Big banks funded over 64% of their residential mortgages with deposits in Q4. Credit unions were even more dependent on deposits, relying on them for almost 4 out of 5 (79%) of their mortgages.
It’ll be fun to watch how deposit funding plays out over the next decade. Depositors are increasingly wise to banks paying peanuts on their chequing and savings accounts. The mortgage-deposit spread should keep compressing until banks can no longer cut costs.
Banks also used covered bonds, a low-cost funding mechanism that smaller lenders can’t tap. Covered bonds fund 1 in 8 bank mortgages. Only eight lenders in Canada can access covered bonds due to the scale, assets and credit ratings required to issue such securities.
MFCs, those all-important lenders driving rate competition (along with online direct-to-consumer lenders), rely heavily on public securitization programs. Examples of MFCs include MCAP, XMC Mortgage, CMLS and RFA Mortgages.
In Q4, MFCs used NHA mortgage-backed securities for 54% of their funding and Canada Mortgage Bonds for 30% (excluding whole loan sales). Maintaining access to fairly priced default insurance and securitization is essential for MFCs, but policy-makers instead bowed to pressure to reduce Ottawa’s participation in the mortgage market. The result: nominal reductions in the tail risk of an insurer bailout in exchange for guaranteed rate increases for consumers.
Despite government attempts to force lenders into more private funding, by way of new regulations and insurance premium hikes, its strategy has been an unmitigated failure so far. Private securitization represented a scant 1% of residential mortgage funding as of December 31, 2018. And it was dropping fast.
“The lack of RMBS activities is primarily due to its less competitive cost of funds versus other funding options, which is in turn caused by the limited investor demand for this emerging funding channel and the lack of mortgage performance data to allow investors to adequately assess the securities’ risk profile.”
5) Equity Ratios Remain Strong
Canadian mortgages, as a whole, are ultra low-risk from the lender’s standpoint. That’s partly because people have so much equity in their homes, as this chart demonstrates.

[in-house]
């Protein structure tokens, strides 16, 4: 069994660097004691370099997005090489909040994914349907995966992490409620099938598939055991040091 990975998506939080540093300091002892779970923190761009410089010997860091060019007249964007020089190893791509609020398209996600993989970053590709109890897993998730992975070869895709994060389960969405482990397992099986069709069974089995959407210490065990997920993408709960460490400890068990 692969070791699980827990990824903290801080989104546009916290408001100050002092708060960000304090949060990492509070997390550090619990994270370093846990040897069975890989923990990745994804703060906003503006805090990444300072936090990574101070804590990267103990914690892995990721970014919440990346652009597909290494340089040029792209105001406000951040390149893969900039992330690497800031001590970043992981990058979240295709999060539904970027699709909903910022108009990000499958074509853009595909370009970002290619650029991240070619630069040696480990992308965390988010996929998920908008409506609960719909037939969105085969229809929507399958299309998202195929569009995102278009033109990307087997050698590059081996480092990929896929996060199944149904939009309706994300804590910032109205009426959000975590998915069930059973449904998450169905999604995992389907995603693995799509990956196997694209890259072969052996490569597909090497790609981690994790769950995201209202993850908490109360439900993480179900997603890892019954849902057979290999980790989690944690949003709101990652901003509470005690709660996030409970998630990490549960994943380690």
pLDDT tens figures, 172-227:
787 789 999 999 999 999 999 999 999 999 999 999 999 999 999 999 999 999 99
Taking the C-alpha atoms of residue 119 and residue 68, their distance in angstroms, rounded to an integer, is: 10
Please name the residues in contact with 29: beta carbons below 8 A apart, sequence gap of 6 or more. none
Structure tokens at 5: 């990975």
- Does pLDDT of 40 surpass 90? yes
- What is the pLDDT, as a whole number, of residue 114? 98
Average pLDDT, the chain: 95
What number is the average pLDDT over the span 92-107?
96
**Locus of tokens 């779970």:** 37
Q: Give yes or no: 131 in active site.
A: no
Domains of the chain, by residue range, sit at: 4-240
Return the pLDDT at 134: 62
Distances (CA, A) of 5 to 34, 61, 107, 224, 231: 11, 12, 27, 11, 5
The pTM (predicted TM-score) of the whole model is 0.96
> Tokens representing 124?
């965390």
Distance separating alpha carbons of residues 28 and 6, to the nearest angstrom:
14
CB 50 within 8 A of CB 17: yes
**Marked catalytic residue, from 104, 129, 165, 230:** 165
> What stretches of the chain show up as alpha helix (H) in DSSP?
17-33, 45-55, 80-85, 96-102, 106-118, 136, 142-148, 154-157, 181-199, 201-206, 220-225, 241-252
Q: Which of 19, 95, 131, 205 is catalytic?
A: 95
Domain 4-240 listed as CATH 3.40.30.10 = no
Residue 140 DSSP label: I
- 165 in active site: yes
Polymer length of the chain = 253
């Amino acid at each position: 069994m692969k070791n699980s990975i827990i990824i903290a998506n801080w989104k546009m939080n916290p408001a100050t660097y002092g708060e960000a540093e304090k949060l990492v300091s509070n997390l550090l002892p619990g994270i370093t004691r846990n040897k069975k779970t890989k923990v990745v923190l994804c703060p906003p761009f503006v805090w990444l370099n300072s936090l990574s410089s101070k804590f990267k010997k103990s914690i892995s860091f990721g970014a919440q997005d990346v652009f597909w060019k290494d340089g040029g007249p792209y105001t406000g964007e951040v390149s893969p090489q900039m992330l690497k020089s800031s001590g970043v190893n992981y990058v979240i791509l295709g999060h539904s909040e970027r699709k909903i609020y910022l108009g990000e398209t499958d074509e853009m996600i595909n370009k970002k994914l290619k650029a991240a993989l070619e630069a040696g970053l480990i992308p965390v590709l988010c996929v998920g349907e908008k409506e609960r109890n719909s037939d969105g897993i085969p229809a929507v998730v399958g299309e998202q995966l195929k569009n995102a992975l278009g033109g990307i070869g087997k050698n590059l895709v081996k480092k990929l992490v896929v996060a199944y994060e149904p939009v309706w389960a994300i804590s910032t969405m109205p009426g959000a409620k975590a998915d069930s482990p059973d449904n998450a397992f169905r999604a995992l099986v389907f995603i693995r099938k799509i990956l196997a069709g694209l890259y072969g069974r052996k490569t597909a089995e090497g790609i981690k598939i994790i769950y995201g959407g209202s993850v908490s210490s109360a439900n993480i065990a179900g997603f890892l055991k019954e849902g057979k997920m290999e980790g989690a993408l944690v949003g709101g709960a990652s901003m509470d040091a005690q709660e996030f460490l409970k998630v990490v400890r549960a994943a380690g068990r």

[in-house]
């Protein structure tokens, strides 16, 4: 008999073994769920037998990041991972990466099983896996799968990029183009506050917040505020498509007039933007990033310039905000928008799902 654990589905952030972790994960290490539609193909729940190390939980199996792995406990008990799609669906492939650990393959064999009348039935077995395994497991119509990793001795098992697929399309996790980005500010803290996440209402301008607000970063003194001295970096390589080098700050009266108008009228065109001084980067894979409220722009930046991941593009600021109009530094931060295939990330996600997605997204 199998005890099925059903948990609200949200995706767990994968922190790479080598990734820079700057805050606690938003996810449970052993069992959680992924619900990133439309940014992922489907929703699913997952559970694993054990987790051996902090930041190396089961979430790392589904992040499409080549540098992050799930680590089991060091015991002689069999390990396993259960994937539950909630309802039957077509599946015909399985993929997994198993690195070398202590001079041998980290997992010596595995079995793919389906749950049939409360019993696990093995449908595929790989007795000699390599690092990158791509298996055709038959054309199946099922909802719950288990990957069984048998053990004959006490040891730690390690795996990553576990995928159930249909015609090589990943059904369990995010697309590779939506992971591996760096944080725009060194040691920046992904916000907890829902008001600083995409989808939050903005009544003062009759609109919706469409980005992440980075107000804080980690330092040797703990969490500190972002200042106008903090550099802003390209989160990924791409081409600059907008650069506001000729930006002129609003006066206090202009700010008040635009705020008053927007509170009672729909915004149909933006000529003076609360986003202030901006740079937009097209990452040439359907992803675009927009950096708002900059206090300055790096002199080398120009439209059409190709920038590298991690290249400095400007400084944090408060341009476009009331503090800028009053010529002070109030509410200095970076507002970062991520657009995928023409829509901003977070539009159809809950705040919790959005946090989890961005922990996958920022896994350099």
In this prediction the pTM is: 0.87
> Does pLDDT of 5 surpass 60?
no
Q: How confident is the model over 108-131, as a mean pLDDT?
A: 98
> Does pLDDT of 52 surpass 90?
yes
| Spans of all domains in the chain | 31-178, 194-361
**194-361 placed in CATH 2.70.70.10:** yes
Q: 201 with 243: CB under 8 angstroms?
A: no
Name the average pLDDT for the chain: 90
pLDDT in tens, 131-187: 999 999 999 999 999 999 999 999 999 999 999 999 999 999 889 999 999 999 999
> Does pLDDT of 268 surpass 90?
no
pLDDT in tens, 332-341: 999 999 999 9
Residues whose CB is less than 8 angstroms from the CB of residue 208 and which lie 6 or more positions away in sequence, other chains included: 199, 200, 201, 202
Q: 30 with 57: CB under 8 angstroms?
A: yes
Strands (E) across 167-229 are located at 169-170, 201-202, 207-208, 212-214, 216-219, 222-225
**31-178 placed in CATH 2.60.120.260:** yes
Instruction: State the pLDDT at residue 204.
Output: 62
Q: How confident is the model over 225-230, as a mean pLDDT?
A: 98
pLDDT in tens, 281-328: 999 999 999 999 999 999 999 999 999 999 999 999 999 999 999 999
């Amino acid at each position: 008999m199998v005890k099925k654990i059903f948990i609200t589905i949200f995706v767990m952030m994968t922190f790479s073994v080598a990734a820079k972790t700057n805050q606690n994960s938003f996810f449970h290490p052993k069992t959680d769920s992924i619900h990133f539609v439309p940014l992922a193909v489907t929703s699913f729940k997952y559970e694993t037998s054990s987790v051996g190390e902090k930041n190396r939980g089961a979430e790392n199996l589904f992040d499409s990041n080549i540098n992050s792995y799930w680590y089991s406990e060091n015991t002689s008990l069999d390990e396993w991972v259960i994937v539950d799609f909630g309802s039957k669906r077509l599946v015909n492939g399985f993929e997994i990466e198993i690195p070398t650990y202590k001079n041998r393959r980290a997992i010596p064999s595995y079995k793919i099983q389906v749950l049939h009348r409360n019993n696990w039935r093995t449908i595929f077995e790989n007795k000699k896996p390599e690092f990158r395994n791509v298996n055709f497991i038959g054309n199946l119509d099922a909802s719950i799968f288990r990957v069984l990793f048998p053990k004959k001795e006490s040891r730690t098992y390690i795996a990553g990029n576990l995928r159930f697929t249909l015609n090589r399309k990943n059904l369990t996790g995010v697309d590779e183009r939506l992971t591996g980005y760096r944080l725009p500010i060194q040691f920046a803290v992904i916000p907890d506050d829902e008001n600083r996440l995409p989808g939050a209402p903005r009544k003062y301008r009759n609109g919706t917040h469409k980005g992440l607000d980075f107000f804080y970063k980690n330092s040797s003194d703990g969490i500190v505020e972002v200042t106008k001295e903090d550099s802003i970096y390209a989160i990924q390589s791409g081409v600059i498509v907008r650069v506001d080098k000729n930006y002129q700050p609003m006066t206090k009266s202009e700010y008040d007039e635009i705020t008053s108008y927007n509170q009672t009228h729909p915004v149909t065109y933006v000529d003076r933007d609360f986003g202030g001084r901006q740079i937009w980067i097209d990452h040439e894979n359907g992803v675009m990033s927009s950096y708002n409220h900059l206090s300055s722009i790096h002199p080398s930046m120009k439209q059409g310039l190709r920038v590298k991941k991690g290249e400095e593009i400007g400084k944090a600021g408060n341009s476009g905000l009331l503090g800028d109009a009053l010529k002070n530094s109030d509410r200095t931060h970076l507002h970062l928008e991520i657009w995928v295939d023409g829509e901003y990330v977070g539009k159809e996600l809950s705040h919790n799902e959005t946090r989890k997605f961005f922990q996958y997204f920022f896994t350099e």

Only a very small portion of government-backed insured mortgages are high value. In fact, just 1 in 6 insured mortgages were for more than $500,000 at the time of borrowing.
Since the 2016 insurance rule changes, high-dollar (jumbo) mortgages have largely shifted to the uninsured market, creating somewhat more risk for lenders in an economic shock.
6) 2018 Was a Tough Year for the Industry
Mortgage volumes for home purchases plunged almost 20% last year. The usual suspects are largely to blame: the 2018 stress test, steeper interest rates and persistently high home prices.
One area where lenders weren’t hurting was customer retention. Renewals with the same lender surged 16% in 2018. In other words, lenders are clinging to borrowers like grim death. “…Factors that may have contributed to large increases in loan renewals with the same institution are the tighter approval criteria [and declining approval rates] and limited growth potential of new business,” CMHC said.
In other words, the stress test has trapped a percentage of borrowers with their lender and prevented them from shopping around for better rates.
“Mortgage switches between institutions, which include refinances and renewals with a different lender…increased by 28% in 2018 compared to the same period in 2017,” the housing agency noted. While representing only 6% of all mortgages, bank challengers like mortgage finance companies saw big gains in these customers. That’s especially true for those MFCs (e.g., MCAP and CMLS) that pay the borrower’s switching costs if the mortgage is a collateral charge, something that’s not the norm.
7) Insured Mortgages Skid Further
- It was “partly a result of lenders and borrowers adjusting to regulatory changes, notably the 2016 stress testing for high-ratio mortgages, as well as changing economic conditions,” noted CMHC.
- “Changes to the portfolio insurance program have also impacted the relative size of the insured mortgage space.” Said changes included banning various mortgage types from being insured, including:
- 30-year amortizations (which were “extremely popular” CMHC says)
- homes over $1 million
- rental properties.
- The “purpose test,” which mandated that bulk insurance be used only for government securitization programs. This too made a dent in insurance usage.
For more facts and figures see CMHC’s Residential Mortgage Industry Report